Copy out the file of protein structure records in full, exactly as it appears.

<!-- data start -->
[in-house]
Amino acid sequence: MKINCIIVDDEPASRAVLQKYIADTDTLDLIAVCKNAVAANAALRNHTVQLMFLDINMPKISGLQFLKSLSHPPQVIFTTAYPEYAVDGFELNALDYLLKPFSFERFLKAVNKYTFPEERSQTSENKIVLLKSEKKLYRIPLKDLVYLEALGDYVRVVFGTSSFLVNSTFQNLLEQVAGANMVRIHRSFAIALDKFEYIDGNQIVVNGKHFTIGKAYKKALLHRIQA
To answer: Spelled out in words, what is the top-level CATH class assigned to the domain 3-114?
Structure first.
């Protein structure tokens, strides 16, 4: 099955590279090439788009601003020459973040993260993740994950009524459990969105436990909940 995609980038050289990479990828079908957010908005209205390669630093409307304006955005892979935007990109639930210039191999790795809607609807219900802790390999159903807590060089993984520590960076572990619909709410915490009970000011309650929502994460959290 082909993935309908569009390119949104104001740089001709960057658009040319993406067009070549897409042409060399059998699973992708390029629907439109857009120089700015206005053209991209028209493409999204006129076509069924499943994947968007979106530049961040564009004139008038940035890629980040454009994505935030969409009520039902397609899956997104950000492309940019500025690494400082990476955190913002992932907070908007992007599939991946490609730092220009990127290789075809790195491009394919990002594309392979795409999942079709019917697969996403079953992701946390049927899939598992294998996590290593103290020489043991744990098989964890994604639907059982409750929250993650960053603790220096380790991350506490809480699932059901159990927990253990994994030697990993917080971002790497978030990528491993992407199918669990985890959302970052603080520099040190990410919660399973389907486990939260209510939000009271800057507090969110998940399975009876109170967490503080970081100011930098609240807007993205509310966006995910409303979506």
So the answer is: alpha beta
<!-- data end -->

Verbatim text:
[in-house]
Amino acid sequence: MKINCIIVDDEPASRAVLQKYIADTDTLDLIAVCKNAVAANAALRNHTVQLMFLDINMPKISGLQFLKSLSHPPQVIFTTAYPEYAVDGFELNALDYLLKPFSFERFLKAVNKYTFPEERSQTSENKIVLLKSEKKLYRIPLKDLVYLEALGDYVRVVFGTSSFLVNSTFQNLLEQVAGANMVRIHRSFAIALDKFEYIDGNQIVVNGKHFTIGKAYKKALLHRIQA
To answer: Spelled out in words, what is the top-level CATH class assigned to the domain 3-114?
Structure first.
């Protein structure tokens, strides 16, 4: 099955590279090439788009601003020459973040993260993740994950009524459990969105436990909940 995609980038050289990479990828079908957010908005209205390669630093409307304006955005892979935007990109639930210039191999790795809607609807219900802790390999159903807590060089993984520590960076572990619909709410915490009970000011309650929502994460959290 082909993935309908569009390119949104104001740089001709960057658009040319993406067009070549897409042409060399059998699973992708390029629907439109857009120089700015206005053209991209028209493409999204006129076509069924499943994947968007979106530049961040564009004139008038940035890629980040454009994505935030969409009520039902397609899956997104950000492309940019500025690494400082990476955190913002992932907070908007992007599939991946490609730092220009990127290789075809790195491009394919990002594309392979795409999942079709019917697969996403079953992701946390049927899939598992294998996590290593103290020489043991744990098989964890994604639907059982409750929250993650960053603790220096380790991350506490809480699932059901159990927990253990994994030697990993917080971002790497978030990528491993992407199918669990985890959302970052603080520099040190990410919660399973389907486990939260209510939000009271800057507090969110998940399975009876109170967490503080970081100011930098609240807007993205509310966006995910409303979506």
So the answer is: alpha beta